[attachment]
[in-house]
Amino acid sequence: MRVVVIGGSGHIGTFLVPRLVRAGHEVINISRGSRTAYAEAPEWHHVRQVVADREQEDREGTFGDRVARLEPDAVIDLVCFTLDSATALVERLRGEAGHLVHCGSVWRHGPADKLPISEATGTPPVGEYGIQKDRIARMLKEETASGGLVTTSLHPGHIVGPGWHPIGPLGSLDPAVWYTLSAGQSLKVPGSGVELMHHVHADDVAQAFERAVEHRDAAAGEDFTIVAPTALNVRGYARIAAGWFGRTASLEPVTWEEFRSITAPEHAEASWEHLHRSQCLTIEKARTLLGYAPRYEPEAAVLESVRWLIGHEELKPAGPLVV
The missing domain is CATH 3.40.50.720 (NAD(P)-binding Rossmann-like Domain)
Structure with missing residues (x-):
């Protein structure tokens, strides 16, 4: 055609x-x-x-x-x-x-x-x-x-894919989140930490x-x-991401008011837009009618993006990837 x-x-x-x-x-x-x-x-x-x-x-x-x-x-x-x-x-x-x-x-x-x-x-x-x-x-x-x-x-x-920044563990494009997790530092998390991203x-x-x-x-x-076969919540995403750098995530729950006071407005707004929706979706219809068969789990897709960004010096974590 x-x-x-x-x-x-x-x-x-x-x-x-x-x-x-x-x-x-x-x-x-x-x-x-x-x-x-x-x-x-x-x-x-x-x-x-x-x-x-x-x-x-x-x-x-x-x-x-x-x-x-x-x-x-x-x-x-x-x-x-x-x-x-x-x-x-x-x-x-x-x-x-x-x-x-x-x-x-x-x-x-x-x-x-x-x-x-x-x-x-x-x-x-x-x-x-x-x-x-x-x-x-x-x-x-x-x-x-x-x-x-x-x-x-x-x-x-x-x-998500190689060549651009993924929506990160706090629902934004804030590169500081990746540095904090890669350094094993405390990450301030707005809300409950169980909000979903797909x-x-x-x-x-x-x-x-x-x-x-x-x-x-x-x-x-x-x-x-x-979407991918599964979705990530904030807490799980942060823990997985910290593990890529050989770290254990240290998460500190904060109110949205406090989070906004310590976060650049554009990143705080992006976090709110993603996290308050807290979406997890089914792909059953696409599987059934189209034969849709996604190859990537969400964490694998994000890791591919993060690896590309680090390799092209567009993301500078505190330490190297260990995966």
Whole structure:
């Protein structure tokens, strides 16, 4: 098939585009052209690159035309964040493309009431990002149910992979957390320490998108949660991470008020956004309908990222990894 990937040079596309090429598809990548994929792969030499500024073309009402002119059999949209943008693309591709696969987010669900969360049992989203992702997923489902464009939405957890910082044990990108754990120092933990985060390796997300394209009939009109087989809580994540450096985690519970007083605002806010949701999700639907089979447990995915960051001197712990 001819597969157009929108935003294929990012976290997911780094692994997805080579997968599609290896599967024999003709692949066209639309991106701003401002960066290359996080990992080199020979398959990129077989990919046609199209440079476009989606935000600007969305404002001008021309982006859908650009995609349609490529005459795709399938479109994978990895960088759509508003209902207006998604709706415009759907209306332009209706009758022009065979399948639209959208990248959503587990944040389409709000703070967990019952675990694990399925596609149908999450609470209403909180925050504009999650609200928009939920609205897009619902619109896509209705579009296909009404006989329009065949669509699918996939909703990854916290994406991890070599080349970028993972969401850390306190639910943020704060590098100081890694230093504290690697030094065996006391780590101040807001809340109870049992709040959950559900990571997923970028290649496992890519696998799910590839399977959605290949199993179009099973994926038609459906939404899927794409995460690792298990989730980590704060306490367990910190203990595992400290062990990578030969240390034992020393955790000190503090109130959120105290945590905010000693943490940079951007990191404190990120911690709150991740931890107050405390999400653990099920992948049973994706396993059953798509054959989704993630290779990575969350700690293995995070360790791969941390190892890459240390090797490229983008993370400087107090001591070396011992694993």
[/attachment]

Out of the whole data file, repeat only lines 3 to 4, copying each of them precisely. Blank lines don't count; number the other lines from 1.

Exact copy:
The missing domain is CATH 3.40.50.720 (NAD(P)-binding Rossmann-like Domain)
Structure with missing residues (x-):